NewsAnastasija Zolotic

Tokyo Just The Beginning For Taekwondo History Maker Anastasija Zolotic

by Karen Price

Anastasija Zolotic poses at the Olympic Games Tokyo 2020 on July 25, 2021 in Chiba, Japan.


Only a select few will ever get to call themselves Olympic champions.
Even fewer can say their gold medal made history.
Anastasija Zolotic can say both.
The 18-year-old, in her Olympic debut, won the first-ever gold medal in taekwondo by a U.S. woman this summer. 
She wrote on Instagram:



“DID SOMEONE SAY OLYMPIC CHAMPION????? WHAT A DAY … A GOLD medal at the OLYMPIC GAMES….. what a dream … Thank you to everyone for your support and love throughout the day, honestly couldn’t have done it without you all … AND TO MY AMAZING COACH FOR HELPING ME ACHIEVE THIS … Making history each step of the way….. GO TEAM USA.”

The only other American athlete ever to win Olympic gold in taekwondo was Steven Lopez in 2000 and 2004. In fact, Zolotic was only the fourth American, and second woman, to so much as make a final at the Olympic Games. 

When she got off the plane back home in Tampa, her family and friends were waiting for her. 

“It finally feels like I just won the Olympic gold,” she told the local television news station there to capture the reunion. “I know I said it before, that it doesn’t feel like it because we were away from everybody and it’s a closed competition but God, seeing everybody, it’s unreal now.”

Zolotic started taekwondo around 7 or 8 years old, she said, in an after-school program. Pretty soon she was telling anyone who would listen that she was going to be an Olympic champion one day. 

When she went to the Junior Pan American Championships and won the women’s flyweight division (44 kg.) in 2017, it seemed she was on to something. 

The next year, at 15, she won gold at the junior world championship then went to the Youth Olympic Games and won the silver medal in the girls 49 kg. category while competing with a broken hand.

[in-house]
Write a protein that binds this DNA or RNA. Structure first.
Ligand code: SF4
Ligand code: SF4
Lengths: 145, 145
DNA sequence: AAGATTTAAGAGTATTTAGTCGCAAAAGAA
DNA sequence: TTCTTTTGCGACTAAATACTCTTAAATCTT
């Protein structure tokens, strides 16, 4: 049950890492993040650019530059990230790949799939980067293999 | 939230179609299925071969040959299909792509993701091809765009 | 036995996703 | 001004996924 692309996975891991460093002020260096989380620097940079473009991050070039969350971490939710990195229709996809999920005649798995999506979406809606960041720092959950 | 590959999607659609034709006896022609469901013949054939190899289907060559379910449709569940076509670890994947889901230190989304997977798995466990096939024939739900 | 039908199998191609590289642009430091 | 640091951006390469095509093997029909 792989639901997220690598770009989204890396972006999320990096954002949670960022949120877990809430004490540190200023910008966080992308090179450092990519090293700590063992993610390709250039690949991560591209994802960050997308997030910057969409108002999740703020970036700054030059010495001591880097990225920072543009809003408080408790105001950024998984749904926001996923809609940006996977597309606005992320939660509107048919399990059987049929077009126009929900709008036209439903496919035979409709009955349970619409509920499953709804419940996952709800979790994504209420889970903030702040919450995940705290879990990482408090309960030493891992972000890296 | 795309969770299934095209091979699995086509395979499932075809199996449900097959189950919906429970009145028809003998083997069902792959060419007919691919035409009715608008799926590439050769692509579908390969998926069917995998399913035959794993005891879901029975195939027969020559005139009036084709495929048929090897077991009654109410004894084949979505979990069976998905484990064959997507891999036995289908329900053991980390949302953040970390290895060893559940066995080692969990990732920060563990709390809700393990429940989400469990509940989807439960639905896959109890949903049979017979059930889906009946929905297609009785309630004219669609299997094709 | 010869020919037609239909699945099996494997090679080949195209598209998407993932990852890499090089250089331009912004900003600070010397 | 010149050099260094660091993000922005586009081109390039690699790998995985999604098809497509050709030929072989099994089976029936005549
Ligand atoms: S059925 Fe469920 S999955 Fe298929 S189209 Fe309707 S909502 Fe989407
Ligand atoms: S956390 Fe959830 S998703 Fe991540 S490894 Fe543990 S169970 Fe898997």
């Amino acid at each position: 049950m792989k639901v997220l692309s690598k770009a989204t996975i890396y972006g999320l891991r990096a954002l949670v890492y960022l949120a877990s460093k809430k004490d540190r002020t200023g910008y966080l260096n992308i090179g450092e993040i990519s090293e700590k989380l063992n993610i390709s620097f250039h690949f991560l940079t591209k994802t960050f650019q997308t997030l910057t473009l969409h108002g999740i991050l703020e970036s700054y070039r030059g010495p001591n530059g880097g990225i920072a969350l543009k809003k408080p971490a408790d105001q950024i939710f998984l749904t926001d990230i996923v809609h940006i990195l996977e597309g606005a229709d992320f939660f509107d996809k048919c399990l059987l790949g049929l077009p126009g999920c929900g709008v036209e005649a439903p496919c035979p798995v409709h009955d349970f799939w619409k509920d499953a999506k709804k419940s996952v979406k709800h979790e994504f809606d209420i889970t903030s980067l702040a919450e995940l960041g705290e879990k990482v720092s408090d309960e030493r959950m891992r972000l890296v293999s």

The following year, asked why she thought she’d already had so much success in the sport she told Team USA, “I think it’s because my overall goal in the sport is just to be the best. I just want to be the best and be there for a long time.”

She’s certainly there now. 

The Largo, Florida, native took on Tatiana Minina of the Russian Olympic Committee in the 57 kg. Olympic final. Minina was five years older with considerably more senior international experience under her belt, having twice won silver at the world championships, but it mattered little. The two fought to a high-scoring first period and going into the third Zolotic led by just one point. Utilizing two-point body kicks as part of her offensive plan, Zolotic took control and won, 25-17.

“From a silver medal finish in 2018 at my Youth Olympic Games,” she wrote on Instagram, “to a GOLD medal finish at THE 2020 OLYMPIC GAMES!! It’s crazy to think that both finals would be the same, USA vs RUSSIA, this time finishing on top! … Not only is it crazy to look back at this, but being #1 in the WORLD! Finally on top not only on the podium but on the ranking list … HOW INCREDIBLE … Thank you to everyone for being a part of this incredible journey.”



Zolotic hopes to help lead a surge in taekwondo popularity in the U.S. She recently announced on Instagram that she and coach Gareth Brown were going to start doing seminars lasting two and a half hours followed by one-hour photo and Q&A sessions. 

She’s also already thinking ahead to the Olympic Games Paris 2024 and beyond.



“I have had some time to rest and recover from my trip back from the Games and wanted to say a few things… I am OVERWHELMED by all the support and love I am getting from everyone. I am beyond thankful to everybody who has sent me messages, called me, and reached out to my family! I have read everyone’s messages and am trying my best to respond to everyone … Thank you to Team USA, USATKD, My coach, family, friends, and of course my TKD community … You are all amazing! I’m (excited) y’all are on this journey with me to hopefully go for another gold at the Next games.”

Karen Price is a reporter from Pittsburgh who has covered Olympic and Paralympic sports for various publications. She is a freelance contributor to on behalf of Red Line Editorial, Inc.